Deirdre Bundy – Creative Career Profile

Deirdre Bundy, MA in Psychology, Specialization in Creativity Studies at Saybrook University

Deirdre Bundy, MA in Psychology
Specialization in Creativity Studies at
Saybrook University

One of the most important lessons Deirdre Bundy learned while working on her master’s degree at Saybrook University was how creativity affects every aspect of an individual’s life – from making coffee to landing in the ideal profession.

In fact, studying the science of creativity changed Bundy’s life, showing her that everyone is creative, and that its power transforms the most mundane activities into something worthwhile.

One of her most inspiring Saybrook professors, Dr. Ruth Richards, who holds both an M.D., and a PhD in psychology, writes and researches on “everyday creativity.”

It was Richards who showed Bundy the power of creativity, that regardless of the activity, from cooking (yes, even making coffee) to driving to work in a different way, creativity adds meaning to all of life.

Saybrook’s professors also taught Bundy how to think in ways that allow her to find “out-of-the-box” solutions for some of life’s toughest questions, such as discovering one’s purpose in life.

Earning her master’s degree in psychology with a creativity studies specialization led Bundy into a career that she describes as perfectly combining all her passions, an entrepreneurial career that she had never before considered.

In the summer of 2011, caught up with Bundy as a moving truck was pulling out of her driveway in San Diego, heading toward her new home – and business opportunity – in San Francisco.

Bundy was moving to become a Playball franchise owner (see Playball San Francisco), a sports and skills movement program for preschool children (see also Childhood Developmental Psychology). And she was taking another business she had created along with her, a business also geared toward helping others, called Little Ladies Sports Club. That business, started with a friend, provides mentoring to adolescent girls in active, sports-themed contexts.

Both businesses combine Bundy’s love of helping others, her love of sports and being outdoors, and her love of employing creativity in every pursuit, into a challenging yet stimulating career.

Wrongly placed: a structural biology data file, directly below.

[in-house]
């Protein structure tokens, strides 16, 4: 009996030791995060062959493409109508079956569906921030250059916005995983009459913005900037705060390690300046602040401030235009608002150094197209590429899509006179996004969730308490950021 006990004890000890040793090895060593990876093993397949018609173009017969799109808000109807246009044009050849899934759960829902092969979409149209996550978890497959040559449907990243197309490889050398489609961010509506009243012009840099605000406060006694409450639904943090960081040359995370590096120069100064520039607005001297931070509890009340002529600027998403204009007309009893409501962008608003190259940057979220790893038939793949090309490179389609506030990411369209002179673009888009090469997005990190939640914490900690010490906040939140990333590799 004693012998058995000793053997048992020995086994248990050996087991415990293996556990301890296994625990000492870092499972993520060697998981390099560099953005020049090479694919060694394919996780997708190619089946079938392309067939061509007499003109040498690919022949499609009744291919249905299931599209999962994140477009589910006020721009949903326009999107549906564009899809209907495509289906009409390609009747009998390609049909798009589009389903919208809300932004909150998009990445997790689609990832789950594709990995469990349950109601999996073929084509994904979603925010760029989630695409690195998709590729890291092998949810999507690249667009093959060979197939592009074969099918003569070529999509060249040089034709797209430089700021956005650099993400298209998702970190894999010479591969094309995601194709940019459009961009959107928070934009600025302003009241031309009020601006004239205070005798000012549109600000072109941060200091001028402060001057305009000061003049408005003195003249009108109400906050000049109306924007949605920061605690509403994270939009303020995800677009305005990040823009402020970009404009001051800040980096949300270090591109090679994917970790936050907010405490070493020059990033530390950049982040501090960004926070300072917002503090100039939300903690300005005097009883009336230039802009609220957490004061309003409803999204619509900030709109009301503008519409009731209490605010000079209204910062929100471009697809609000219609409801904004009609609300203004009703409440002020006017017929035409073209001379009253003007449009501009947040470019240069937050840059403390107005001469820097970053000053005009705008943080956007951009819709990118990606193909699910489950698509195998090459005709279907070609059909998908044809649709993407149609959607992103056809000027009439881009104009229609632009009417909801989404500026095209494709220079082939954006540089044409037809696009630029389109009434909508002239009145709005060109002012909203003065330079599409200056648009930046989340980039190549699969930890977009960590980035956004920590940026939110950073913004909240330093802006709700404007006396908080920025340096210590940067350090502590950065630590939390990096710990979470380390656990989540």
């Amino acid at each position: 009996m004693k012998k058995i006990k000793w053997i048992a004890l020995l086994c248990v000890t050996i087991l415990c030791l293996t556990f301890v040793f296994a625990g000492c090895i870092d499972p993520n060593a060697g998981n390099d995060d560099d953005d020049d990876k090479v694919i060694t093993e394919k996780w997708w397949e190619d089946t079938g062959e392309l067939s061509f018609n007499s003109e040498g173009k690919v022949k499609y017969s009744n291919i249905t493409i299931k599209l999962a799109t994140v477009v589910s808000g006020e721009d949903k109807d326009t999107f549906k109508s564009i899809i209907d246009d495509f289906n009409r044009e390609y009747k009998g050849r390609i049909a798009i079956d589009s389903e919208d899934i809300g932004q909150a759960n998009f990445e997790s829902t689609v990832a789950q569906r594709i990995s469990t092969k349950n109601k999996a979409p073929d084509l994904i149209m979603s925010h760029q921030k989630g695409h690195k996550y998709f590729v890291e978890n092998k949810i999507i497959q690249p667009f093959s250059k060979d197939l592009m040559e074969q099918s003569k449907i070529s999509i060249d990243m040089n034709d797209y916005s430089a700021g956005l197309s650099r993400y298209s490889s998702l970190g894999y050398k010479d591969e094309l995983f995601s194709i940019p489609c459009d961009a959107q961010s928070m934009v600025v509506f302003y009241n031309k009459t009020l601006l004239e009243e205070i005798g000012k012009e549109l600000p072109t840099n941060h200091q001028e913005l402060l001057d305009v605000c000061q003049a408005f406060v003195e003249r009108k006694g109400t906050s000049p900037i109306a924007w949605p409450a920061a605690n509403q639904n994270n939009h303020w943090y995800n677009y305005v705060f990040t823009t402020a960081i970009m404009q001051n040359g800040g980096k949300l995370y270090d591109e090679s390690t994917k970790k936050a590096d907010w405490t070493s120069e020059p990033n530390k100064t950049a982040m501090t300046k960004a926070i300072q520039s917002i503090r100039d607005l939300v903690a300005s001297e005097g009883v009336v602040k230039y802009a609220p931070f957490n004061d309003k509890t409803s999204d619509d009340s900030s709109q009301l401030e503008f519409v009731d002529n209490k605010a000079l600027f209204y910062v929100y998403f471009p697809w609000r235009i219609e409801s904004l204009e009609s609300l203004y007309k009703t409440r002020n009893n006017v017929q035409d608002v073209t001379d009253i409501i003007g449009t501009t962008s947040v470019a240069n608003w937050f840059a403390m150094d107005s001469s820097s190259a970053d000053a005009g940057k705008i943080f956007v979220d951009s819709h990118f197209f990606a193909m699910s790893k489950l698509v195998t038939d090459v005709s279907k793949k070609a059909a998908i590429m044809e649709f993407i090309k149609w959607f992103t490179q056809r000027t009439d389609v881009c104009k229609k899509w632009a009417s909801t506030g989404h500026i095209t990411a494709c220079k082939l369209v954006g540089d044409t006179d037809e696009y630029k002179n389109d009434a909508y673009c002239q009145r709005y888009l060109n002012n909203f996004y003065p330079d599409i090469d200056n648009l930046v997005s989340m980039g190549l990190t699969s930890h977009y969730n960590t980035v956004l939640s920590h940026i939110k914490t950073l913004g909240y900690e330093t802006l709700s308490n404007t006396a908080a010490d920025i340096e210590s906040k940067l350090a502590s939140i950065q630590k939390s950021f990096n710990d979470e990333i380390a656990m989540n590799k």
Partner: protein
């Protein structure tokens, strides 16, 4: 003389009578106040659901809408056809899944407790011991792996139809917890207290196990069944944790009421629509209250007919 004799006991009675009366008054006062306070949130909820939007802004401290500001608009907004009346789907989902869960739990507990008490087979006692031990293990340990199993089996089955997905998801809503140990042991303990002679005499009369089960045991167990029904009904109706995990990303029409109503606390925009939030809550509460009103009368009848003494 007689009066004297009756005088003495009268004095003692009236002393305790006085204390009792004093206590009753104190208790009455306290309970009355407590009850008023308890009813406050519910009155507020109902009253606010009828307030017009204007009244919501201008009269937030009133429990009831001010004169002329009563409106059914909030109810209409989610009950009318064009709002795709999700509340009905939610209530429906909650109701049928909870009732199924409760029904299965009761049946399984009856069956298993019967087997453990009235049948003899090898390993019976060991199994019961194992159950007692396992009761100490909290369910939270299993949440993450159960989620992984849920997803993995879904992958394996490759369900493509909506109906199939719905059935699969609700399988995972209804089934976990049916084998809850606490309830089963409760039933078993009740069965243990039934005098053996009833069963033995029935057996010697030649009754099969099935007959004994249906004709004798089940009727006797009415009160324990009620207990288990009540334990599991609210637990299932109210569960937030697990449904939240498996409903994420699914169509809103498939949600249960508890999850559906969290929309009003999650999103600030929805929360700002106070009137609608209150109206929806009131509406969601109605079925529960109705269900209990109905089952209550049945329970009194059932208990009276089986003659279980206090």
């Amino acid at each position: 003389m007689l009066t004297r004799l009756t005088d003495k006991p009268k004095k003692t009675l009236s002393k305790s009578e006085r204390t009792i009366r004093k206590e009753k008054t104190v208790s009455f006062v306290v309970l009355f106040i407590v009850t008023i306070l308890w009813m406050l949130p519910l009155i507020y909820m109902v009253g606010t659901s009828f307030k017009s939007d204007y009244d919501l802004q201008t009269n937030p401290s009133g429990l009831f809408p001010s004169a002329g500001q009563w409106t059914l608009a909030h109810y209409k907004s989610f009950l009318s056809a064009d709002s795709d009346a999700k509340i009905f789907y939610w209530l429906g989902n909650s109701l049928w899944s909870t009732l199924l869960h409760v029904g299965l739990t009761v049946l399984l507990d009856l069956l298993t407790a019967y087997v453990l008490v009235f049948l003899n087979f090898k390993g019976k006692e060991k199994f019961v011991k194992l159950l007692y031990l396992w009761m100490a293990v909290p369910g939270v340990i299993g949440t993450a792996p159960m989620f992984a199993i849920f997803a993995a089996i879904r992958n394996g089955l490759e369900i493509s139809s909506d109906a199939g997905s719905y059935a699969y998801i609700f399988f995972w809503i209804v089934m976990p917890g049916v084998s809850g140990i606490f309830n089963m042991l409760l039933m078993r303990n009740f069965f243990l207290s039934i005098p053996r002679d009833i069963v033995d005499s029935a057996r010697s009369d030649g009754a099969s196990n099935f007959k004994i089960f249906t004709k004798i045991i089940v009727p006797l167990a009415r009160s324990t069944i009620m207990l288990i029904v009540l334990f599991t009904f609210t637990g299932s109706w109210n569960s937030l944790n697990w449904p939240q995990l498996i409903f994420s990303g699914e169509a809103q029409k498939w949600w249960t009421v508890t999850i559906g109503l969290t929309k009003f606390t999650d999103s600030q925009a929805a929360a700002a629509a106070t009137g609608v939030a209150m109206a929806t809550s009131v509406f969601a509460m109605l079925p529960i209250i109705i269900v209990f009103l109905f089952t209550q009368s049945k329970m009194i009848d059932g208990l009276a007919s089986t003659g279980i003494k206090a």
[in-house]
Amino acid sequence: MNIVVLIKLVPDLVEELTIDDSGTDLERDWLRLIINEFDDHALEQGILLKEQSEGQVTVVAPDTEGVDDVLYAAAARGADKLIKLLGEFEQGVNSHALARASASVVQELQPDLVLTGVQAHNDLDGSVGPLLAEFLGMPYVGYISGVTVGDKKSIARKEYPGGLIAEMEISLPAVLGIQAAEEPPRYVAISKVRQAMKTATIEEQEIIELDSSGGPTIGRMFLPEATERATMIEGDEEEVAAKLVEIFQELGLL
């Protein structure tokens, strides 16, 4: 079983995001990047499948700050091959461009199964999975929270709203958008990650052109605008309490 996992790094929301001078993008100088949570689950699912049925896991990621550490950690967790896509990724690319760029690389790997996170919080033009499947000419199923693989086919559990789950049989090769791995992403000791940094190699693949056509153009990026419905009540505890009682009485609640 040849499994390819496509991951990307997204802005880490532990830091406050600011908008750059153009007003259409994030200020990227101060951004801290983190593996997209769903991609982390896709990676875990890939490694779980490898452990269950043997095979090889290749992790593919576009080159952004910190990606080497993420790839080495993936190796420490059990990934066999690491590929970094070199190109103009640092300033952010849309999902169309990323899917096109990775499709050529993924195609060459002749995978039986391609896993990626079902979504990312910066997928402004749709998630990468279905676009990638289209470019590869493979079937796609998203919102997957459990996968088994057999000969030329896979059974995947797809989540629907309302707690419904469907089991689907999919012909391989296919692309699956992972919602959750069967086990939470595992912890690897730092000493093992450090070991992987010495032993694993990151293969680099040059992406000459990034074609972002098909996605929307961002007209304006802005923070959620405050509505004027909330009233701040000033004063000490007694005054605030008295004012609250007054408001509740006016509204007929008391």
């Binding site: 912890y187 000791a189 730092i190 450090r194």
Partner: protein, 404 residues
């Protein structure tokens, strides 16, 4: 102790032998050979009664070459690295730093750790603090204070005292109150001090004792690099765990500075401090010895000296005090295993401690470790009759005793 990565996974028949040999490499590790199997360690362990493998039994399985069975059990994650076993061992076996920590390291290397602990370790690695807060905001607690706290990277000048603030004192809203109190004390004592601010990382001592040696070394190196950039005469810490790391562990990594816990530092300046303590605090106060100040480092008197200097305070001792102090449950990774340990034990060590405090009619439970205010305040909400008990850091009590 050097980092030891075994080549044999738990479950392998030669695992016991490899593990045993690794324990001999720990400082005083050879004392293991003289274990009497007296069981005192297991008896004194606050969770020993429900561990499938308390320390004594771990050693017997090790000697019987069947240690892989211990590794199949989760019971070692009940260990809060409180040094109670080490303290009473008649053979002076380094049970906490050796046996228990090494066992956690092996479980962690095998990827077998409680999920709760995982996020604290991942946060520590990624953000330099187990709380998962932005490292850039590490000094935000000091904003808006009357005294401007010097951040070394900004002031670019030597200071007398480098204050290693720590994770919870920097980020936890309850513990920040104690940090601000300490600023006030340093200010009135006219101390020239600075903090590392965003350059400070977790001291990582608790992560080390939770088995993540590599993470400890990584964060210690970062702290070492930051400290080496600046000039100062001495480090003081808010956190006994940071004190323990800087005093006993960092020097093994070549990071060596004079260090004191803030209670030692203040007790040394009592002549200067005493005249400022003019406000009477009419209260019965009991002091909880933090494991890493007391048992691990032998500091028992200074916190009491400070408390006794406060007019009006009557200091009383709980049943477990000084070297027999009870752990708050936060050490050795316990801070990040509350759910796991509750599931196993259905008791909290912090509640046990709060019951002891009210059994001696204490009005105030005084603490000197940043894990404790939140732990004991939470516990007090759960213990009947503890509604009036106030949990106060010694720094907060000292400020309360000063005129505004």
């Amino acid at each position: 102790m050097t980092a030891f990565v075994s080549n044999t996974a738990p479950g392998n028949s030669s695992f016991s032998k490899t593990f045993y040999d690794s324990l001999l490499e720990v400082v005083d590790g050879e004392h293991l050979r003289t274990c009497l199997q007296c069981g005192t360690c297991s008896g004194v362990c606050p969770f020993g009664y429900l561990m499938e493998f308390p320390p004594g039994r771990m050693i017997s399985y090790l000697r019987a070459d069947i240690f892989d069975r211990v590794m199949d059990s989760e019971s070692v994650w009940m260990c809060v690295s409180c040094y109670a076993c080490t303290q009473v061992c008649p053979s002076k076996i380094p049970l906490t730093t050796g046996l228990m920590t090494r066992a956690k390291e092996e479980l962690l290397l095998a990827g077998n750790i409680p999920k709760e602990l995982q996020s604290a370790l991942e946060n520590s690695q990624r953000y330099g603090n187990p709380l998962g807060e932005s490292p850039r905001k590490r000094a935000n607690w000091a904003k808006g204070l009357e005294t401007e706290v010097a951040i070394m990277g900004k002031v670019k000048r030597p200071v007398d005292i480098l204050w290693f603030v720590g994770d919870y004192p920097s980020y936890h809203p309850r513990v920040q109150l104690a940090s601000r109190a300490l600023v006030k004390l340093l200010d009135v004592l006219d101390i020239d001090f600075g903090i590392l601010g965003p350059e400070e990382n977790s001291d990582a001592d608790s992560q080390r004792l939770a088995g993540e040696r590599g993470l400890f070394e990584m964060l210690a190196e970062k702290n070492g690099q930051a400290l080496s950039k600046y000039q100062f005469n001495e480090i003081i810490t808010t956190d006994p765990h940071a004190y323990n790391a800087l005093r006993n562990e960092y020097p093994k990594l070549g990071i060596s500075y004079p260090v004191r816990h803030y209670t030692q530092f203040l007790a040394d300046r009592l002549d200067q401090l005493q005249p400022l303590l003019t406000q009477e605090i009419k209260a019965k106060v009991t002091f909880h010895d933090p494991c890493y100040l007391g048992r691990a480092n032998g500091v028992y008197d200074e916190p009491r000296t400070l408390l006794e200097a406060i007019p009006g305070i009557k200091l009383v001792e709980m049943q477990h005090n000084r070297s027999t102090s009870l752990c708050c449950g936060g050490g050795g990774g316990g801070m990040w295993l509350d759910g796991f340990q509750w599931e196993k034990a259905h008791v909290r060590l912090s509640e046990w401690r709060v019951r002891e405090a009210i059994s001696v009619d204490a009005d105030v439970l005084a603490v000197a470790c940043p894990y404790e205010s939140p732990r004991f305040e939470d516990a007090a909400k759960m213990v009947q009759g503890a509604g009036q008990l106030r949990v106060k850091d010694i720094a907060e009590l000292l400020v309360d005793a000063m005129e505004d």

When starting the master’s program, however, Bundy had no idea that she would end up as a business owner.

“Creativity played a big part in that decision,” Bundy said laughing, referring to becoming an entrepreneur.

When she decided to go to graduate school, Bundy thought that a PhD or PsyD in psychology might lead her into a counseling career. Yet the master’s program at Saybrook appealed to her because as a double major in psychology and art (photography emphasis) at University of California, Santa Cruz, Bundy was intrigued with a degree that offered classes in two areas of study that gave her life its fervor.

After graduating in 2006 from UCSC, she worked at Passages, a drug and rehabilitation facility in Malibu, California. It was while working at Passages that she decided to go to graduate school at Saybrook, an online/partial residency program that allowed her to continue working full time while attending school. And the master’s degree in psychology seemed like a prudent first step before deciding on a doctorate.

Once in the program, Bundy started to realign her career goals of working toward a doctorate, seeing that the degree could provide her with the direction she needed for a number of other possible careers.

“The program showed me that creativity is everywhere and everyone has it. It really built up my confidence because it showed me that everything I’m doing and love can be intermingled and synthesized into a more self-directed career.”

In addition to art and psychology interests, Bundy runs marathons and plays soccer, two other passions that she wanted to somehow integrate into her professional life. Whereas others might look at all these interests and not see a cohesive way to combine them into a career, someone like Bundy who studied the psychology of creativity (see Psychology of Creativity) knew exactly how to tackle the problem of deciding her future.